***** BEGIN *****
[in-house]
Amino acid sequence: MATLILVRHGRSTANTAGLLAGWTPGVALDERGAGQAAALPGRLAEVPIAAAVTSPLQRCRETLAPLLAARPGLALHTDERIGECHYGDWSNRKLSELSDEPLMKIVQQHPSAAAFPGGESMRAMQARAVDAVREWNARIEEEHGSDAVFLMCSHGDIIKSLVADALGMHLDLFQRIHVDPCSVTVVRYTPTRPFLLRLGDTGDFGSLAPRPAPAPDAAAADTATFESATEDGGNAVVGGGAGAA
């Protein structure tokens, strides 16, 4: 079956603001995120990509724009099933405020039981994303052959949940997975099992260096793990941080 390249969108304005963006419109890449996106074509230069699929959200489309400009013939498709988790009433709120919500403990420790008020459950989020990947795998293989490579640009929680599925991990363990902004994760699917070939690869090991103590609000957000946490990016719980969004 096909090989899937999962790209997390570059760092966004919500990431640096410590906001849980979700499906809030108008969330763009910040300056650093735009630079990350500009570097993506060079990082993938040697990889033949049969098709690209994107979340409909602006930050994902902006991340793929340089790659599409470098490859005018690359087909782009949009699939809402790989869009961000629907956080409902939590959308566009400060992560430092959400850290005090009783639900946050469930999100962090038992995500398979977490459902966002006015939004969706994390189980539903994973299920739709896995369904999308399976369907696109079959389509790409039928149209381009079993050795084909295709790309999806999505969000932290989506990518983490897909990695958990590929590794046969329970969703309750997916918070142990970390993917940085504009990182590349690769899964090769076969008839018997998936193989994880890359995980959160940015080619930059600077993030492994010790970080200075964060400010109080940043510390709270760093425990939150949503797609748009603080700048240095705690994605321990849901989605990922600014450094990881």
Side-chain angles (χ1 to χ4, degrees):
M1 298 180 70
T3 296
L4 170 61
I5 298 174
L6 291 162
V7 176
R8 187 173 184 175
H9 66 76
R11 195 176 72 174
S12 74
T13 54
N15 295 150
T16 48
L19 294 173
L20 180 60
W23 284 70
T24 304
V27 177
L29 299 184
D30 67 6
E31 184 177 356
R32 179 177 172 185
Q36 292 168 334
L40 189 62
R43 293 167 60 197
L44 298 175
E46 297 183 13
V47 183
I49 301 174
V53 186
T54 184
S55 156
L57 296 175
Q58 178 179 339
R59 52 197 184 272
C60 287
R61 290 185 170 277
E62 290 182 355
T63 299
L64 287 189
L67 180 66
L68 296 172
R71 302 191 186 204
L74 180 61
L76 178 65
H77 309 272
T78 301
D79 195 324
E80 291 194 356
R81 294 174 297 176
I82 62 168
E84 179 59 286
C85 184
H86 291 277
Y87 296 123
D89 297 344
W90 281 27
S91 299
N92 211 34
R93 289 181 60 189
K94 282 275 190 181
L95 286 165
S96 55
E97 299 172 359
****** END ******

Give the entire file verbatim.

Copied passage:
[in-house]
Amino acid sequence: MATLILVRHGRSTANTAGLLAGWTPGVALDERGAGQAAALPGRLAEVPIAAAVTSPLQRCRETLAPLLAARPGLALHTDERIGECHYGDWSNRKLSELSDEPLMKIVQQHPSAAAFPGGESMRAMQARAVDAVREWNARIEEEHGSDAVFLMCSHGDIIKSLVADALGMHLDLFQRIHVDPCSVTVVRYTPTRPFLLRLGDTGDFGSLAPRPAPAPDAAAADTATFESATEDGGNAVVGGGAGAA
């Protein structure tokens, strides 16, 4: 079956603001995120990509724009099933405020039981994303052959949940997975099992260096793990941080 390249969108304005963006419109890449996106074509230069699929959200489309400009013939498709988790009433709120919500403990420790008020459950989020990947795998293989490579640009929680599925991990363990902004994760699917070939690869090991103590609000957000946490990016719980969004 096909090989899937999962790209997390570059760092966004919500990431640096410590906001849980979700499906809030108008969330763009910040300056650093735009630079990350500009570097993506060079990082993938040697990889033949049969098709690209994107979340409909602006930050994902902006991340793929340089790659599409470098490859005018690359087909782009949009699939809402790989869009961000629907956080409902939590959308566009400060992560430092959400850290005090009783639900946050469930999100962090038992995500398979977490459902966002006015939004969706994390189980539903994973299920739709896995369904999308399976369907696109079959389509790409039928149209381009079993050795084909295709790309999806999505969000932290989506990518983490897909990695958990590929590794046969329970969703309750997916918070142990970390993917940085504009990182590349690769899964090769076969008839018997998936193989994880890359995980959160940015080619930059600077993030492994010790970080200075964060400010109080940043510390709270760093425990939150949503797609748009603080700048240095705690994605321990849901989605990922600014450094990881």
Side-chain angles (χ1 to χ4, degrees):
M1 298 180 70
T3 296
L4 170 61
I5 298 174
L6 291 162
V7 176
R8 187 173 184 175
H9 66 76
R11 195 176 72 174
S12 74
T13 54
N15 295 150
T16 48
L19 294 173
L20 180 60
W23 284 70
T24 304
V27 177
L29 299 184
D30 67 6
E31 184 177 356
R32 179 177 172 185
Q36 292 168 334
L40 189 62
R43 293 167 60 197
L44 298 175
E46 297 183 13
V47 183
I49 301 174
V53 186
T54 184
S55 156
L57 296 175
Q58 178 179 339
R59 52 197 184 272
C60 287
R61 290 185 170 277
E62 290 182 355
T63 299
L64 287 189
L67 180 66
L68 296 172
R71 302 191 186 204
L74 180 61
L76 178 65
H77 309 272
T78 301
D79 195 324
E80 291 194 356
R81 294 174 297 176
I82 62 168
E84 179 59 286
C85 184
H86 291 277
Y87 296 123
D89 297 344
W90 281 27
S91 299
N92 211 34
R93 289 181 60 189
K94 282 275 190 181
L95 286 165
S96 55
E97 299 172 359